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UK pledges its backing for Syrian opposition

By Venetia Rainey

The Foreign Secretary William Hague said yesterday that Britain would recognise the opposition Syrian National Council as the “legitimate representative of the Syrian people”, but specifically ruled out arming the group to help it topple the Assad regime.

However, as world leaders and diplomats from more than 60 countries met in Tunis at the Friends of Syria conference to discuss the crisis, the SNC, a largely Turkish-based exile group that is the best organised among the groups opposed to the regime of Bashar al-Assad, made it clear that it would not wait for an international consensus to provide Syrian resistance groups with the military means to defend themselves.

The SNC said in a statement: “The Friends of Syria should not constrain individual countries from aiding the Syrian opposition by means of military advisers, training and provision of arms to defend itself.”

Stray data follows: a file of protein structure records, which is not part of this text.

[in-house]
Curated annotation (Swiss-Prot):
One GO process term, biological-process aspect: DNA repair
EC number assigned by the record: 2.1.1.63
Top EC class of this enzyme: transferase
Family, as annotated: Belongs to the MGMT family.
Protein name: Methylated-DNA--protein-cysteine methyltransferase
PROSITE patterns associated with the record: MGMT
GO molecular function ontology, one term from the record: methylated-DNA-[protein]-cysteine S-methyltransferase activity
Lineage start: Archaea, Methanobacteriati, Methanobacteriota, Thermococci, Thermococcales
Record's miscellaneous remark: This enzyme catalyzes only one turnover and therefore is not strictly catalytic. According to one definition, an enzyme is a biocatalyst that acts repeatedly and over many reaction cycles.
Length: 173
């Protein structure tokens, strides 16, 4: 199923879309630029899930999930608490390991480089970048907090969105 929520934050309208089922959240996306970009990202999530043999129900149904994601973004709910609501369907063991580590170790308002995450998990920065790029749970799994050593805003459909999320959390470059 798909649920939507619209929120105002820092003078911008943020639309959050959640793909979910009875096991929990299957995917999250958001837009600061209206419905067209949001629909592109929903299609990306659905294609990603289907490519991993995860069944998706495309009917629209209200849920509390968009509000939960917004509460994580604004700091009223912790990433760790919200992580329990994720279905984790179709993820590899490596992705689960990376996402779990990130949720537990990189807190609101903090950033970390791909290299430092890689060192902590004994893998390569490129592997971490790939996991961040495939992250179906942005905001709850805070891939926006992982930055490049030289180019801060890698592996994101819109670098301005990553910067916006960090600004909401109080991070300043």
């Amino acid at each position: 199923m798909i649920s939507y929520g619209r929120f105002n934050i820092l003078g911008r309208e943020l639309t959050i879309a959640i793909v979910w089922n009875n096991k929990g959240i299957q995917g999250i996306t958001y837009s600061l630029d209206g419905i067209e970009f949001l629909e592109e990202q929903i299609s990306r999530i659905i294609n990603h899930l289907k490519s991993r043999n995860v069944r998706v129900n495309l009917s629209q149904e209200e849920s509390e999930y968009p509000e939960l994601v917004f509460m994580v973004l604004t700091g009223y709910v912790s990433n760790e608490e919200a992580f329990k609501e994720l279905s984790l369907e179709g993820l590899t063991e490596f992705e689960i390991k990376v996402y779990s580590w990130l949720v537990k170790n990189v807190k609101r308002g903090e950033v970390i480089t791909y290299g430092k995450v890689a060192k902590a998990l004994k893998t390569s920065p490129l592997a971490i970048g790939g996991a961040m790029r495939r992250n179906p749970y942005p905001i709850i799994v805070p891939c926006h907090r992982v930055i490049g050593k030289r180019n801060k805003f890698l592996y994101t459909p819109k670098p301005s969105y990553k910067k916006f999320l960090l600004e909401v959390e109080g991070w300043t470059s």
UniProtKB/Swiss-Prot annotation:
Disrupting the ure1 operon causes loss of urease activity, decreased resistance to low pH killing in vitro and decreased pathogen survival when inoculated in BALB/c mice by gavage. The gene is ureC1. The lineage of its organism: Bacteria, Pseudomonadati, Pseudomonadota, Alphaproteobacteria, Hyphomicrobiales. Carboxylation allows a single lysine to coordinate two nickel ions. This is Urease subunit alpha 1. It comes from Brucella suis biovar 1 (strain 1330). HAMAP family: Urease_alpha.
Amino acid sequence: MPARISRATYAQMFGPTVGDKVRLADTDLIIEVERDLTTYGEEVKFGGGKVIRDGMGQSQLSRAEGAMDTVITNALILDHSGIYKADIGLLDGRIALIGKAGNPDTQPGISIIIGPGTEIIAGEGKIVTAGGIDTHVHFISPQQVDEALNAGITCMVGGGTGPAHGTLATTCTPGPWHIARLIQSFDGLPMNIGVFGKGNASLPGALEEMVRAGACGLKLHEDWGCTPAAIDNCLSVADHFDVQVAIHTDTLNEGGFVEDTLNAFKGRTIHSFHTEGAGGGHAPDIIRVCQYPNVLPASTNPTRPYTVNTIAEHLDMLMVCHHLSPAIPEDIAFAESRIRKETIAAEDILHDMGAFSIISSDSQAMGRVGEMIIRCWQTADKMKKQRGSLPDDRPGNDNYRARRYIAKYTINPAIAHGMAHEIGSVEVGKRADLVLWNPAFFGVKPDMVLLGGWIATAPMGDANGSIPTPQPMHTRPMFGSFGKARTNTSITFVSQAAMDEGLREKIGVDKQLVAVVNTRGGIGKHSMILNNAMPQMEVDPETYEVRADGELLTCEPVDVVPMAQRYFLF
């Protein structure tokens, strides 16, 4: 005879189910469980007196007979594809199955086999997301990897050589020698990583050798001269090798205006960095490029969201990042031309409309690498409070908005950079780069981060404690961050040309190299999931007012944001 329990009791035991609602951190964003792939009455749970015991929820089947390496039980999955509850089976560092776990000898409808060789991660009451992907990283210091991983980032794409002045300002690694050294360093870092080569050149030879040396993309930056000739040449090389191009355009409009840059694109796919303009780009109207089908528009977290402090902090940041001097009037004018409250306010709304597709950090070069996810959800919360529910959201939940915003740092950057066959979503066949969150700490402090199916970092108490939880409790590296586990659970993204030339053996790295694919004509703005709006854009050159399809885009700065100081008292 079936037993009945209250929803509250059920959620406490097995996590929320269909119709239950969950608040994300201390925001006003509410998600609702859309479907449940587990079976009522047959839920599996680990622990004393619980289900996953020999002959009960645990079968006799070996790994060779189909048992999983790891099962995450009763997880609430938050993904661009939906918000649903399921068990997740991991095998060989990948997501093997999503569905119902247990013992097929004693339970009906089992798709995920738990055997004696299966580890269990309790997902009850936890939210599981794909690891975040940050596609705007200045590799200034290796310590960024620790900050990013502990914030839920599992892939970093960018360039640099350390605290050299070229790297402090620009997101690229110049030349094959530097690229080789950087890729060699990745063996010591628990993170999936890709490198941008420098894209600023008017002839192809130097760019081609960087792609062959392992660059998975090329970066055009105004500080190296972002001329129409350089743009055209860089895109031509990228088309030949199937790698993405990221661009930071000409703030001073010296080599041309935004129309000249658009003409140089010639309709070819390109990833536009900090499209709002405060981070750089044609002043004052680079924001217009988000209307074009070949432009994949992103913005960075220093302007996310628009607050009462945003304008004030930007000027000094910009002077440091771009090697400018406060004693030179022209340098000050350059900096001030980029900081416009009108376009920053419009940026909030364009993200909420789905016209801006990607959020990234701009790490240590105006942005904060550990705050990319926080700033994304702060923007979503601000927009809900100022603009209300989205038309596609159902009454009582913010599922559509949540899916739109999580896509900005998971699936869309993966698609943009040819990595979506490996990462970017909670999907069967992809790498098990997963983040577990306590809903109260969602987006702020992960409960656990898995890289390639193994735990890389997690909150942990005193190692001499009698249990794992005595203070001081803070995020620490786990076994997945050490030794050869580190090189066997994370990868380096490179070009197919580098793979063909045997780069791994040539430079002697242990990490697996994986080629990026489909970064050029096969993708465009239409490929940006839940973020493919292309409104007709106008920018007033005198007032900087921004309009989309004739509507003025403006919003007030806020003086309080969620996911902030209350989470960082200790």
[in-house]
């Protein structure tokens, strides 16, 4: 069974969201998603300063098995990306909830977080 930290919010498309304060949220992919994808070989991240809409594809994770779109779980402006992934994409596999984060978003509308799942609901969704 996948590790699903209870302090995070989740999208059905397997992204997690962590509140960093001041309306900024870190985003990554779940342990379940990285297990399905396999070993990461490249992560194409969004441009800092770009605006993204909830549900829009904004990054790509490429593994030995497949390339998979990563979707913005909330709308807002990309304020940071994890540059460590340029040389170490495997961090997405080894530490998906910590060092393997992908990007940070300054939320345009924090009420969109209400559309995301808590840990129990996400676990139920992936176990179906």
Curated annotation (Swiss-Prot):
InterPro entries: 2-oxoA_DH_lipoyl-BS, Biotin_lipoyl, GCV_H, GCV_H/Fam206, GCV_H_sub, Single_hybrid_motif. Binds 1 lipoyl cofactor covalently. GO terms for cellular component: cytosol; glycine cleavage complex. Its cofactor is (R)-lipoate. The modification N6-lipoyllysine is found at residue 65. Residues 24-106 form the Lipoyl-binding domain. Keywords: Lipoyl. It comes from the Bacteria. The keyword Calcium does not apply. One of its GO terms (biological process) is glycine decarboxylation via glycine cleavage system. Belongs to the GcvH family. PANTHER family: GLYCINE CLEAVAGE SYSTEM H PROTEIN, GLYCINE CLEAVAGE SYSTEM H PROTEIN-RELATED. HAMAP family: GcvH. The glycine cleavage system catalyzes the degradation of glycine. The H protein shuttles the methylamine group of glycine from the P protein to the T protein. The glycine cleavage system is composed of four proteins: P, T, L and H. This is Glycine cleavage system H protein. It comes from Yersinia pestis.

The words were later echoed by Saudi Arabia's foreign minister who described arming the SNC as “an excellent” idea. Qatar's foreign minister proposed an Arab peace force to impose a settlement on the country that most analysts agree is now in a state of civil war.

Although the international community is heavily divided on the issue, there is a growing feeling among Syrians that there may be no other option but to take the fight to Assad. Speaking at the conference yesterday, Nasser al-Dhaheri, a writer and member of the SNC, said: “We assume that the Friends of Syria will help the Free Syrian Army and we expect that if they don't ... we will do it under the table.”

Mr Hague said he could understand that opponents of the Syrian government would find it “frustrating” that the SNC military wing would not receive military backing from the UK. But he added that “we have in the European Union an arms embargo on Syria, so of course we will observe it”.

Yesterday's conference was organised after talks at the United Nations lost momentum amid opposition from permanent Security Council members, China and Russia. “I hope those countries will take note of this strength of international feeling and support that we are seeing here in Tunis,” Mr Hague said.

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